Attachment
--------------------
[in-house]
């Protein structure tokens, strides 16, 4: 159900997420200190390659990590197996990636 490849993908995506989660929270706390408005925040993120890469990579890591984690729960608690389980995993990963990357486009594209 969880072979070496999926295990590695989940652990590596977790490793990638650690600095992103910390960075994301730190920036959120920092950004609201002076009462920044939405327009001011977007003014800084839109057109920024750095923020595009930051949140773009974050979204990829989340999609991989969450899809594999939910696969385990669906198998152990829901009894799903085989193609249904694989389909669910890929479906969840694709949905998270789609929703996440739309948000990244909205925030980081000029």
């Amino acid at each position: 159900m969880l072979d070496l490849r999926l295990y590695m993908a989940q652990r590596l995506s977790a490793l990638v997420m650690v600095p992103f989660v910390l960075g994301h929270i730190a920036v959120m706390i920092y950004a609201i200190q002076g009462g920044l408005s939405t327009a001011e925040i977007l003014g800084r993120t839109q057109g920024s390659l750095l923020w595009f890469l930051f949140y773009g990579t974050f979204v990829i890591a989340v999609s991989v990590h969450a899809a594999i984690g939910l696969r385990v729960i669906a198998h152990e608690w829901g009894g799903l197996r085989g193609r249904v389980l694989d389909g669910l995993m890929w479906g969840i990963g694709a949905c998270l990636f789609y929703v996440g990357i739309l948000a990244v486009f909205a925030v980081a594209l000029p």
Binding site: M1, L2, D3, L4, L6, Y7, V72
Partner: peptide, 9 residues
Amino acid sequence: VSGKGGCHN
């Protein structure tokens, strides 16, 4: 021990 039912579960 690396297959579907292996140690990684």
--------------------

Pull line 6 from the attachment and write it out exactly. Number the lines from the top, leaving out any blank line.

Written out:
Amino acid sequence: VSGKGGCHN